Within a year after the wickedness of Sodom and Gomorrah was destroyed, Sarah bore a son whom they named Isaac, which means laughter. That is, after giving up the mere animal gratification of the sexual nature, and purifying the mind of sense thoughts, a greater pleasure was experienced from a more interior action of this same function. But this also must be raised to a higher plane of consciousness. In each of these ascending degrees in bodily consciousness there is a residuum of the last degree remaining in consciousness. This must be purified, that the whole man may be a fit temple for the Holy Spirit.

As this lesson shows, the sacrifice in this case was the ram (symbol of animal generation), though it seemed that the experience through which Abraham passed called for the slaying of Isaac, the whole consciousness. We find that these degrees of unfoldment have their trials, as well as their pleasures, and those who have but a transient faith in the wisdom and power of the Spirit are apt to give up before the process is complete. The “land of Moriah,” to which Abraham was told to go to make his sacrifice, means the bitterness of the Lord. So we find in the changes that take place in the consciousness there are sometimes very bitter experiences, and it takes a stout faith to believe that good will come out of them. But it always does if there is a steadfast obedience and faith in the goodness of God.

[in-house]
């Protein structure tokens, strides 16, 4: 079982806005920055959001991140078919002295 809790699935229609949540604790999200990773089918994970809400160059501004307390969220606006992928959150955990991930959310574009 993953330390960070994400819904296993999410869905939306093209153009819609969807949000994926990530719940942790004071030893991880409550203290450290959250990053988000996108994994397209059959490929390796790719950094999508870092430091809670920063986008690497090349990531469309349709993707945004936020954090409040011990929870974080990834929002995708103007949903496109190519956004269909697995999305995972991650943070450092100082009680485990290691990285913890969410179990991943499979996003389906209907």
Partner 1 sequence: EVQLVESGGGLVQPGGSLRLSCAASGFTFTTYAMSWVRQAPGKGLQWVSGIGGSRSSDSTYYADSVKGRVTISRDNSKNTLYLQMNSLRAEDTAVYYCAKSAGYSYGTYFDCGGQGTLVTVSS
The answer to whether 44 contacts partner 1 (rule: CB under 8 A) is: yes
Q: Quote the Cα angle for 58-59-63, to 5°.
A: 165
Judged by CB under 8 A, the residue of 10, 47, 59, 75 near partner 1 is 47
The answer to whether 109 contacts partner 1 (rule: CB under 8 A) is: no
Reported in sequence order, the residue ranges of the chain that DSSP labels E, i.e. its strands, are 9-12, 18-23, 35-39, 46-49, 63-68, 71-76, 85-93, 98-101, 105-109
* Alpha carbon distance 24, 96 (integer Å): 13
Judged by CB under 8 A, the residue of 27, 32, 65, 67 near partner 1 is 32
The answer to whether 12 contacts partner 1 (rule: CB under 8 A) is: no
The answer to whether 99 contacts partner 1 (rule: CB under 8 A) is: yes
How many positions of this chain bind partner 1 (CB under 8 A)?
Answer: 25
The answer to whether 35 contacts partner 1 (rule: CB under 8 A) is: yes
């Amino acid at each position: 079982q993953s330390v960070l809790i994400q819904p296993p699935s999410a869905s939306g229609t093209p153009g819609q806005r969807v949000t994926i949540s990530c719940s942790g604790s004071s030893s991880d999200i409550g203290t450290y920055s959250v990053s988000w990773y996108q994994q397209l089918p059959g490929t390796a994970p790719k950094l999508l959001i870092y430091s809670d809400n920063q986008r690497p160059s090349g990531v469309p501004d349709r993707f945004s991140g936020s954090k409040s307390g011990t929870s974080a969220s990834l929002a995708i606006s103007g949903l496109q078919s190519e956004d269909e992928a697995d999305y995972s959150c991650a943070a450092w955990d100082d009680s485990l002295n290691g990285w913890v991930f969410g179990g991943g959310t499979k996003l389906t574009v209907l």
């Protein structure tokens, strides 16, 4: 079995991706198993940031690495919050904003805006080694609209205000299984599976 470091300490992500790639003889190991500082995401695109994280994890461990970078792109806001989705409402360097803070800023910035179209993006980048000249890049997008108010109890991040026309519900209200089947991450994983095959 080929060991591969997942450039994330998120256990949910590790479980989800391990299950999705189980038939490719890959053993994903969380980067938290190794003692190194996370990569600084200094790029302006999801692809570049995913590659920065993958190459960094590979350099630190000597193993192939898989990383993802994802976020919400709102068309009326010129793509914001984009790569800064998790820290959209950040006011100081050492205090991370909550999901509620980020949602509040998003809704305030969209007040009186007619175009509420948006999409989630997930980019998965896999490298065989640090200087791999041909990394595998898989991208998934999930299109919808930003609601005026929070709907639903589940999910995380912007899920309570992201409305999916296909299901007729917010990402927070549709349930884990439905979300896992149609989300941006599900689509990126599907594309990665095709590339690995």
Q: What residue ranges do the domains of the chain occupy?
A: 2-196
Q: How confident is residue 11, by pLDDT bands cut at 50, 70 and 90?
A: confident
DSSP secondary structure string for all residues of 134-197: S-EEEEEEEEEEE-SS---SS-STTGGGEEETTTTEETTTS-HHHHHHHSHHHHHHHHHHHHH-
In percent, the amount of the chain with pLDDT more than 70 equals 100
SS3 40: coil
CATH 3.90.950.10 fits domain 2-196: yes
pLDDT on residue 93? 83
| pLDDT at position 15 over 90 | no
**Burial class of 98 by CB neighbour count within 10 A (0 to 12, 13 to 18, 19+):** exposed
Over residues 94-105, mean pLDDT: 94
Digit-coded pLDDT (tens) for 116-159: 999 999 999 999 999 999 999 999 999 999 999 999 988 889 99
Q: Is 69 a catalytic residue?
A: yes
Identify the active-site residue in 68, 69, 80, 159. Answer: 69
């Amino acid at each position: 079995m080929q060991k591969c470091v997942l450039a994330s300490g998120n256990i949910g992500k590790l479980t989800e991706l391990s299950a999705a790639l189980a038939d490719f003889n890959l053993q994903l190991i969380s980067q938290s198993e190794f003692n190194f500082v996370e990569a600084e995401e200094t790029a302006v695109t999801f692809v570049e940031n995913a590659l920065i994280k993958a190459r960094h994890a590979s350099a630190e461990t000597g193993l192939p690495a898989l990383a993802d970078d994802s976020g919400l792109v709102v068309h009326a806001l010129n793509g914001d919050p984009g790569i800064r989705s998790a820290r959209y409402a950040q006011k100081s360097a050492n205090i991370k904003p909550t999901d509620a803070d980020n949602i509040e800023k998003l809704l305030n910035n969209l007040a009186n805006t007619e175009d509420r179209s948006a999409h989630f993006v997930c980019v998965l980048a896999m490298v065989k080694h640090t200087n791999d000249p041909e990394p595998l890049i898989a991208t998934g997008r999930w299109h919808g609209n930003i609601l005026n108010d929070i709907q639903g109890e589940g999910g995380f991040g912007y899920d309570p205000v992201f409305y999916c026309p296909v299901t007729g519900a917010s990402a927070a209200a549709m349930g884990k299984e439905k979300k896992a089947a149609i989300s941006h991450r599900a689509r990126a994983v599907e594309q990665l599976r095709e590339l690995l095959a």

Great power in spirit and in body grows out of this steadfast overcoming. Abraham became the father of a multitude, “as the stars of the heaven, and as the sand which is upon the seashore.”

– UNITY magazine.

October 7, 1923: Genesis 22:15-18

What is meant by Abram's offering up Isaac on the altar? Isaac means “laughter,” and represents the pleasures of the animal life. In the progress of the soul, the pleasures of sense must be given up in order that we may have the consciousness of spiritual satisfaction.

Do we really have to give up pleasures when we enter into spiritual life? No. Like Abram we have to be willing to give up pleasures of sense. When we are obedient and submit our sensations to the law of the Spirit, we find that we do not sacrifice the real inner joy, but only its course expression in physical generation, represented by the “ram.”

Do we have any hard experiences in this transition from sense to Spirit? The land of Moriah, where Abram took his son Isaac for the sacrifice, means “the bitterness of the Lord.” This bitterness represents the bitter experience through which we must pass in giving up the old and entering into the new. The pleasures of sense are transitory, but the joys of the Spirit endure forever.

Metaphysically Interpreting Genesis 22:20-24

22:20And it came to pass after these things, that it was told Abraham, saying, Behold, Milcah, she also hath borne children unto they brother Nahor. 22:21Uz his first-born, and Buz his brother, and Kemuel the father of Aram. 22:22And Chesed, and Hazo, and Pildash, and Jidlaph, and Bethuel. 22:23And Bethuel begat Rebekah. These eight did Milcah bear to Nahor, Abraham's brother. 22:24And his concubine, whose name was Reumah, she also bare Tebah, and Gaham, and Tahash, and Maacah.

Transcribed by Lloyd Kinder on 12-23-2013